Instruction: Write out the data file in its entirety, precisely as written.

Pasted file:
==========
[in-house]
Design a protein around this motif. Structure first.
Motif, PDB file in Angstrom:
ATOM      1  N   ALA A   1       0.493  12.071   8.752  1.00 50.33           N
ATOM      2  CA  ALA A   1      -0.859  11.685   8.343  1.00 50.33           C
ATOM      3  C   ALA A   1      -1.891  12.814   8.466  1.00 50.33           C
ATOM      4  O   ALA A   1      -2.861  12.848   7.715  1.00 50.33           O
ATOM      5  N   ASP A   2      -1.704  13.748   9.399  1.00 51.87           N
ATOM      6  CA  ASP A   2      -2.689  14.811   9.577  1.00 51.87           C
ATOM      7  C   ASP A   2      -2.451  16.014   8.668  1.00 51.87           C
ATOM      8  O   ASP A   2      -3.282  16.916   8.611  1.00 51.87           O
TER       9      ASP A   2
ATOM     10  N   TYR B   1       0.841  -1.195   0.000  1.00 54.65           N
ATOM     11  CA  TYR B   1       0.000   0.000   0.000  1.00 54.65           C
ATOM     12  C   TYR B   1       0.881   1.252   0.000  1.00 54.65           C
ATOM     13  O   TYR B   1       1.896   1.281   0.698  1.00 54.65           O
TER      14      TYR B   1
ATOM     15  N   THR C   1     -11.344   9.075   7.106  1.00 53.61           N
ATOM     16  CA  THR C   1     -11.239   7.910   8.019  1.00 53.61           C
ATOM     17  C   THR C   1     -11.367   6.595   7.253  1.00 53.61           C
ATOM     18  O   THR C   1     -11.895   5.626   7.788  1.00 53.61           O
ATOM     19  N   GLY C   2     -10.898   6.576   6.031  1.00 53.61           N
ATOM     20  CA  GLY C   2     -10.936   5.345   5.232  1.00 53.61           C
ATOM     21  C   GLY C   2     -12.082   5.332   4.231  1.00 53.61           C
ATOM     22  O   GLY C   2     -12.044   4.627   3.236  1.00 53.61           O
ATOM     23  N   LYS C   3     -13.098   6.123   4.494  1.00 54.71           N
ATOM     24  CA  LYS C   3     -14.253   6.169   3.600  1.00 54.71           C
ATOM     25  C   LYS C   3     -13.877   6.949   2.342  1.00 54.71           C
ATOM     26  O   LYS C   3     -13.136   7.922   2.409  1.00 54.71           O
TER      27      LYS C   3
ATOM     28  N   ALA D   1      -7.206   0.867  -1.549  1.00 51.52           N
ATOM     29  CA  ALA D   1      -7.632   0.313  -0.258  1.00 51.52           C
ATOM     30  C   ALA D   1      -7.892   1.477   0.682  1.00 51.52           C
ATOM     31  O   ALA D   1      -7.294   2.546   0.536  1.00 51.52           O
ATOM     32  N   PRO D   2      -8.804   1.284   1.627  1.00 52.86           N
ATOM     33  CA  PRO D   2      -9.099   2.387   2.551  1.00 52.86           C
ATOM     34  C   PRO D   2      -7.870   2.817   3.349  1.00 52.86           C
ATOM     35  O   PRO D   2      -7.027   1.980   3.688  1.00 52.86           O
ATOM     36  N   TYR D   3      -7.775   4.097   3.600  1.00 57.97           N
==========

[in-house]
Design a protein around this motif. Structure first.
Motif, PDB file in Angstrom:
ATOM      1  N   ALA A   1       0.493  12.071   8.752  1.00 50.33           N
ATOM      2  CA  ALA A   1      -0.859  11.685   8.343  1.00 50.33           C
ATOM      3  C   ALA A   1      -1.891  12.814   8.466  1.00 50.33           C
ATOM      4  O   ALA A   1      -2.861  12.848   7.715  1.00 50.33           O
ATOM      5  N   ASP A   2      -1.704  13.748   9.399  1.00 51.87           N
ATOM      6  CA  ASP A   2      -2.689  14.811   9.577  1.00 51.87           C
ATOM      7  C   ASP A   2      -2.451  16.014   8.668  1.00 51.87           C
ATOM      8  O   ASP A   2      -3.282  16.916   8.611  1.00 51.87           O
TER       9      ASP A   2
ATOM     10  N   TYR B   1       0.841  -1.195   0.000  1.00 54.65           N
ATOM     11  CA  TYR B   1       0.000   0.000   0.000  1.00 54.65           C
ATOM     12  C   TYR B   1       0.881   1.252   0.000  1.00 54.65           C
ATOM     13  O   TYR B   1       1.896   1.281   0.698  1.00 54.65           O
TER      14      TYR B   1
ATOM     15  N   THR C   1     -11.344   9.075   7.106  1.00 53.61           N
ATOM     16  CA  THR C   1     -11.239   7.910   8.019  1.00 53.61           C
ATOM     17  C   THR C   1     -11.367   6.595   7.253  1.00 53.61           C
ATOM     18  O   THR C   1     -11.895   5.626   7.788  1.00 53.61           O
ATOM     19  N   GLY C   2     -10.898   6.576   6.031  1.00 53.61           N
ATOM     20  CA  GLY C   2     -10.936   5.345   5.232  1.00 53.61           C
ATOM     21  C   GLY C   2     -12.082   5.332   4.231  1.00 53.61           C
ATOM     22  O   GLY C   2     -12.044   4.627   3.236  1.00 53.61           O
ATOM     23  N   LYS C   3     -13.098   6.123   4.494  1.00 54.71           N
ATOM     24  CA  LYS C   3     -14.253   6.169   3.600  1.00 54.71           C
ATOM     25  C   LYS C   3     -13.877   6.949   2.342  1.00 54.71           C
ATOM     26  O   LYS C   3     -13.136   7.922   2.409  1.00 54.71           O
TER      27      LYS C   3
ATOM     28  N   ALA D   1      -7.206   0.867  -1.549  1.00 51.52           N
ATOM     29  CA  ALA D   1      -7.632   0.313  -0.258  1.00 51.52           C
ATOM     30  C   ALA D   1      -7.892   1.477   0.682  1.00 51.52           C
ATOM     31  O   ALA D   1      -7.294   2.546   0.536  1.00 51.52           O
ATOM     32  N   PRO D   2      -8.804   1.284   1.627  1.00 52.86           N
ATOM     33  CA  PRO D   2      -9.099   2.387   2.551  1.00 52.86           C
ATOM     34  C   PRO D   2      -7.870   2.817   3.349  1.00 52.86           C
ATOM     35  O   PRO D   2      -7.027   1.980   3.688  1.00 52.86           O
ATOM     36  N   TYR D   3      -7.775   4.097   3.600  1.00 57.97           N